Last modified: Monday, April 16, 2012
IU informatics dean named to NSF's lead advisory panel on technology, engineering policy
Appointment comes on heels of White House accolade for efforts to recruit females to IT
FOR IMMEDIATE RELEASE
April 16, 2012
BLOOMINGTON, Ind. -- Indiana University School of Informatics Dean Bobby Schnabel has been appointed to the National Science Foundation advisory committee responsible for providing strategic planning and policy formulation recommendations in the area of computer and information science and engineering.
Schnabel will sit on the Advisory Committee for the Directorate for Computer and Information Science and Engineering, which gives advice on the impact of support policies and programs on the CISE community; provides oversight on program management and performance; and offers advice to the assistant director on special issues, forming ad hoc subcommittees to carry out needed studies.
"The importance and centrality of our discipline continue to grow, and this environment provides both exciting scientific opportunities and major policy challenges for our directorate," said NSF assistant director of Computer and Information Science and Engineering Farnam Jahanian, who made the appointment. "NSF relies heavily on the advice received from its advisory committees, thus the deliberations and recommendations from the advisory committee have been and will continue to be a core part of CISE's strategic planning and policy formulation process."
Schnabel also has agreed to serve as co-chair of the CISE Education and Workforce Development Advisory Subcommittee. This subcommittee will help the CISE directorate oversee its activities in education, broadening participation, and workforce development, including the CE21 (Computing Education for the 21st Century) program, which integrates educational research, computing curricula and pedagogy design, and efforts to engage and retain diverse student populations; and the CS 10K Project, which aims to get rigorous, academic curricula into computing courses in 10,000 high schools, taught by 10,000 well-trained teachers.
CISE supports investigator-initiated research in all areas of computer and information science and engineering, helps develop and maintain cutting-edge national computing and information infrastructure for research and education generally, and contributes to the education and training of the next generation of computer scientists and engineers.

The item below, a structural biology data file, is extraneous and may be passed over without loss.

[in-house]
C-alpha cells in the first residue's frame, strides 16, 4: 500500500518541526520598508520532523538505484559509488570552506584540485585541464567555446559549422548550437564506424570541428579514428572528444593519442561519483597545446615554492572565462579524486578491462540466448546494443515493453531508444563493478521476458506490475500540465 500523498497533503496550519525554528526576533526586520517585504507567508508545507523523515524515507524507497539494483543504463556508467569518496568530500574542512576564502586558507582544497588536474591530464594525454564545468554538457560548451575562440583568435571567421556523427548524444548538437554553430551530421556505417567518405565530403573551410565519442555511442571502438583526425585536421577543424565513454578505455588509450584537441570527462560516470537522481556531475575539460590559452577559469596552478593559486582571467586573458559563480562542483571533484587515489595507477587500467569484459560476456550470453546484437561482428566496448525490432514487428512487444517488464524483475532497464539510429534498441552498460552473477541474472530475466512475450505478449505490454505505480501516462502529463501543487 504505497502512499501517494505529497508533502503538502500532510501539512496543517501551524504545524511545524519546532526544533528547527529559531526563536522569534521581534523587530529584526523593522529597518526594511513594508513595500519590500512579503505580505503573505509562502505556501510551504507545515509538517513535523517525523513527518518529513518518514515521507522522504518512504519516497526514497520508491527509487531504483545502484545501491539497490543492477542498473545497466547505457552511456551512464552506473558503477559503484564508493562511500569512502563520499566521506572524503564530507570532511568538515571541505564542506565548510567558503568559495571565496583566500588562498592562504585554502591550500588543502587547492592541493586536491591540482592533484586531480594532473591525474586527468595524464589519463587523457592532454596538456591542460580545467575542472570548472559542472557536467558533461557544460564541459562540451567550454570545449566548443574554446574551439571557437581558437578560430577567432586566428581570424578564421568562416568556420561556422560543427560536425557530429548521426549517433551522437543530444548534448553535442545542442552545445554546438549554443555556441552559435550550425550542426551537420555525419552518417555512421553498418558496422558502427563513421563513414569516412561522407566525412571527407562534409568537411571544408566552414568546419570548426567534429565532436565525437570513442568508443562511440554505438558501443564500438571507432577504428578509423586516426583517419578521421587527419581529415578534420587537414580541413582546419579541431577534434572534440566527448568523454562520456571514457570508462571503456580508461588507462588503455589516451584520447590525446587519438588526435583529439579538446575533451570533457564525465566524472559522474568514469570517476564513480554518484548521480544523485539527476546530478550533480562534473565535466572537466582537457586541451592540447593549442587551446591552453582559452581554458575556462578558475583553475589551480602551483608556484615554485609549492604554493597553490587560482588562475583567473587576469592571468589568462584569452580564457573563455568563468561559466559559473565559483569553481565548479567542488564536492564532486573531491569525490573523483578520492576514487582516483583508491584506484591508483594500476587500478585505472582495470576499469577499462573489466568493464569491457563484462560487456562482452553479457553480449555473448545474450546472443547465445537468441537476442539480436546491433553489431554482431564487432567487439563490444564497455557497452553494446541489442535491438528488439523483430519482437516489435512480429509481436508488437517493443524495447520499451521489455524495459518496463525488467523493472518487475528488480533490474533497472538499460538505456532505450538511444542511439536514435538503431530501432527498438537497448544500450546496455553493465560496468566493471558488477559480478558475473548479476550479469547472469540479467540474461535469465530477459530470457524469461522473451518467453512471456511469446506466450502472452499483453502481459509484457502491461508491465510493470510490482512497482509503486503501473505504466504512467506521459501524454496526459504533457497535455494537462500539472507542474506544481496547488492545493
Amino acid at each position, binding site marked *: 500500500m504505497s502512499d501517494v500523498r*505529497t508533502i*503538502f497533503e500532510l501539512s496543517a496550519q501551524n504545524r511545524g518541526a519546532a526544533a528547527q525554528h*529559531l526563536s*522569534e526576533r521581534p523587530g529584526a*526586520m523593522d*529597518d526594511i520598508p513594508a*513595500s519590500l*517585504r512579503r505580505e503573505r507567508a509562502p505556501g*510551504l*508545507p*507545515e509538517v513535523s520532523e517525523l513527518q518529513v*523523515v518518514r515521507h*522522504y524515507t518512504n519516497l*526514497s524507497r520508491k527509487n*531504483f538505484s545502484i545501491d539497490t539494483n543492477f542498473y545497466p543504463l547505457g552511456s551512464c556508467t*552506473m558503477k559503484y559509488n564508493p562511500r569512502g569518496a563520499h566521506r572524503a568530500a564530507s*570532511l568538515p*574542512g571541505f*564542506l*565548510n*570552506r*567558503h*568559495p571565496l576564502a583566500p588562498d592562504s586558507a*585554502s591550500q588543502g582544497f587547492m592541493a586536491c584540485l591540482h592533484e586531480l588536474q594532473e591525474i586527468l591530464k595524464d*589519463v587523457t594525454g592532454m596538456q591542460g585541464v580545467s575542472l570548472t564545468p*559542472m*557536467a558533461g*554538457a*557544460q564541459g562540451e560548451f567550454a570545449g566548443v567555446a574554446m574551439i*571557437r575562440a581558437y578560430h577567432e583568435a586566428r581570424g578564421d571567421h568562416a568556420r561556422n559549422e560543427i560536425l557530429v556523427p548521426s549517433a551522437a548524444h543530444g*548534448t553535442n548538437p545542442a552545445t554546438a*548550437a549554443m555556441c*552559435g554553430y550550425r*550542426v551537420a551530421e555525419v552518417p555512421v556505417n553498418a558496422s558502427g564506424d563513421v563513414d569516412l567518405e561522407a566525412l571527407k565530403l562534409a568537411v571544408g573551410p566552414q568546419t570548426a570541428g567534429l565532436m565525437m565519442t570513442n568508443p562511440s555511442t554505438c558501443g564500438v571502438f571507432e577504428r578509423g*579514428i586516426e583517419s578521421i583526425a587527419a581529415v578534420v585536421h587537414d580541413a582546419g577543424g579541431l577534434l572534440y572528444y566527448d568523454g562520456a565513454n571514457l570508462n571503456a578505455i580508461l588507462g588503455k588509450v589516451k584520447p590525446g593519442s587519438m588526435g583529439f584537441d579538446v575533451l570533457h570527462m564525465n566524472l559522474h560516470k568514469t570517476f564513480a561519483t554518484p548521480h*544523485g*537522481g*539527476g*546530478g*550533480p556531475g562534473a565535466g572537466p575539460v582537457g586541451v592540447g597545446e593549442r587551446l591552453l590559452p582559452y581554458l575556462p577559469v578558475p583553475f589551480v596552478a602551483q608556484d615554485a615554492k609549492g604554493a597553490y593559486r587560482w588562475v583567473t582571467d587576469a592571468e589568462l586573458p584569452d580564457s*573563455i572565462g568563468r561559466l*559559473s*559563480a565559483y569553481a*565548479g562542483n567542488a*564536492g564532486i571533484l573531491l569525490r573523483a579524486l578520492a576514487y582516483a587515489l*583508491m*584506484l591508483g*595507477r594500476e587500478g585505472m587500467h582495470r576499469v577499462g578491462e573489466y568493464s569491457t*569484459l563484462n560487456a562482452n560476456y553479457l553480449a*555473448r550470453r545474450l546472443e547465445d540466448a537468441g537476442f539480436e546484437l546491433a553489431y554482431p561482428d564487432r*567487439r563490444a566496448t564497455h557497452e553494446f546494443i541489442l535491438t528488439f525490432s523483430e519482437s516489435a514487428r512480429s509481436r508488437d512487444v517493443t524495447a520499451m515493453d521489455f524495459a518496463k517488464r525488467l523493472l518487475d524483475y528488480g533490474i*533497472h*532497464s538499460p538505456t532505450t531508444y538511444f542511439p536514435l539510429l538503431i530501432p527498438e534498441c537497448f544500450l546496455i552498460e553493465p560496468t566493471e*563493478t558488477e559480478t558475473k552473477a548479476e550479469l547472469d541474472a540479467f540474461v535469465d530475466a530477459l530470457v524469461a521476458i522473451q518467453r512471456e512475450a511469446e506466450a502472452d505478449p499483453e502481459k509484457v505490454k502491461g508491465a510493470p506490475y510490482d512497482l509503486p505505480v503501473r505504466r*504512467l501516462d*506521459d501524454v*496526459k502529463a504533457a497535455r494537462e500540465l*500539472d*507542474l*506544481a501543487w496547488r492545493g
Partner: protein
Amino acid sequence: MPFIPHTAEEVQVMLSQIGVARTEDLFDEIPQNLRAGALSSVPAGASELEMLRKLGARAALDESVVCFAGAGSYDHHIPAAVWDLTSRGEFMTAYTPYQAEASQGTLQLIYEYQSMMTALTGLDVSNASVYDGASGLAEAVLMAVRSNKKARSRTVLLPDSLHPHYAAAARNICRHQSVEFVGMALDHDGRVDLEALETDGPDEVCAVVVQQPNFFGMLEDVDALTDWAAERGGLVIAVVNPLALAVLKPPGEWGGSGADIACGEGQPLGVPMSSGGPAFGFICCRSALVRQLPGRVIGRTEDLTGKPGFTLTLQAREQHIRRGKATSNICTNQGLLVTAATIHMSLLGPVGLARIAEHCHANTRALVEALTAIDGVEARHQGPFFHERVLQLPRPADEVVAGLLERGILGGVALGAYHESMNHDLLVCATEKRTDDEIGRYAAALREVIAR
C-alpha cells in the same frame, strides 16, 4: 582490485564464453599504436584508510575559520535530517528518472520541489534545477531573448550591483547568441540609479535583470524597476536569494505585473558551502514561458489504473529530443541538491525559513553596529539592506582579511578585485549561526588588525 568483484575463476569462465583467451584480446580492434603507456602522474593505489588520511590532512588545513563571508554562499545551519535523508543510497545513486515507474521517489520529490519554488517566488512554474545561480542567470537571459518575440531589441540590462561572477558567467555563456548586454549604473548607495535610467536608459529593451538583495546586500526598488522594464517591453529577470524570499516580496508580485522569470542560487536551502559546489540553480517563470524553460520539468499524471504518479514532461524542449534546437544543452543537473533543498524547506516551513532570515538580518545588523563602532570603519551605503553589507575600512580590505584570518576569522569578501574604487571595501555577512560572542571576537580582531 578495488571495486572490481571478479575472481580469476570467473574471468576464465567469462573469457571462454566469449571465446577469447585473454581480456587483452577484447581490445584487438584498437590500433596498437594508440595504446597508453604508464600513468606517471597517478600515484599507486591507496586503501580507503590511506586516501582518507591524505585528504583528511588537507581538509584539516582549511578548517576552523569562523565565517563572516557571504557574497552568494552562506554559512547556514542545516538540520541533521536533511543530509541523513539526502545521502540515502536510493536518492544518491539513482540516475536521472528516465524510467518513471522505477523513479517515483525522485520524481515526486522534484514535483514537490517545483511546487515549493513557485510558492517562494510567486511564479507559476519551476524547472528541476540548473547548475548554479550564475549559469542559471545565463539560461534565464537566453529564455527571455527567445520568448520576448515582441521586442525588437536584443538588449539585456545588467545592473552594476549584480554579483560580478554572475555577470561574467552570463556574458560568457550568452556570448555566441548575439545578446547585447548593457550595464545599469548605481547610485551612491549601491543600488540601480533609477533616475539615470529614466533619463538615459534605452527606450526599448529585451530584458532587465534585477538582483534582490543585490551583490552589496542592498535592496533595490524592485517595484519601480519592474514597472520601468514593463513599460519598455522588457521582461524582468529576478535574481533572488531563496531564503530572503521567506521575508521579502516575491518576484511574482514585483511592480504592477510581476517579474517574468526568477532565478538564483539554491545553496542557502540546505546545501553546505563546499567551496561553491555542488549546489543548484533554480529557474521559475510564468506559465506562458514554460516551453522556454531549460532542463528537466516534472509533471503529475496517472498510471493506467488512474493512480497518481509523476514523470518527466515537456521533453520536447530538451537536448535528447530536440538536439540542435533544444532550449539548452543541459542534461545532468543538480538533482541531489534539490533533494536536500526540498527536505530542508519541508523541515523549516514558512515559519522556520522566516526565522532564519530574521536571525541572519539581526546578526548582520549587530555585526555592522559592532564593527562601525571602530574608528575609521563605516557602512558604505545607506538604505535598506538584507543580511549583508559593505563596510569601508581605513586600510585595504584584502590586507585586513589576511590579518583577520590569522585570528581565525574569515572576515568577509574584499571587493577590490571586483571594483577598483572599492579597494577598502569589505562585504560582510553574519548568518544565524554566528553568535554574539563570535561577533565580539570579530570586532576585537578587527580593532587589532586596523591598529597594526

The CISE Advisory Committee supplements NSF knowledge by providing up-to-date information on the state of the field, performing specialized policy-informing functions facilitating the NSF's response to rapid changes in the CISE sub-disciplines and the balance between them, and identifying situations requiring policy attention. Included on the committee with Schnabel are scholars and researchers from California Institute of Technology, Carnegie Mellon University, Cornell University, Google, Harvard University, Massachusetts Institute of Technology, Microsoft Research, Princeton University and Stanford University.
IU President Michael A. McRobbie was appointed to a similar, two-year term on the advisory committee in 2001 while serving as IU's vice president for information technology.
"The CISE directorate of NSF is the primary source of research support for the computing community and an influential leader in developing new national directions in computing research and education," Schnabel said. "I am honored to have been asked by Director Jahanian to join an illustrious group that provides advice to CISE, as well as to provide advice in the areas of education, broadening participation and workforce development, which have been major emphases in my career."
Schnabel became dean of the IU School of Informatics in 2007. He is co-founder and executive team member of the National Center for Women & Information Technology, a national nonprofit organization aimed at increasing the participation of women and girls in information technology education and careers. He also serves as chair of the Association for Computing Machinery Education Policy Committee and chair of the advisory committee for the Computing Alliance for Hispanic-Serving Institutions, and was a co-founder of the Alliance for the Advancement of African-American Researchers in Computing. He served as founding director of the Alliance for Technology, Learning and Society Institute at the University of Colorado at Boulder, the headquarters of the National Center for Women & Information Technology, from 1997 to 2007.
In December he was one of 12 people honored at the White House as a "Champion of Change" for his efforts to recruit and retain girls and women in science, technology, engineering and math (STEM) fields.
For more information or to speak with Schnabel, please contact Steve Chaplin, IU Communications, at 812-856-1896 or email@example.com. Tweeting IU science news: @IndianaScience.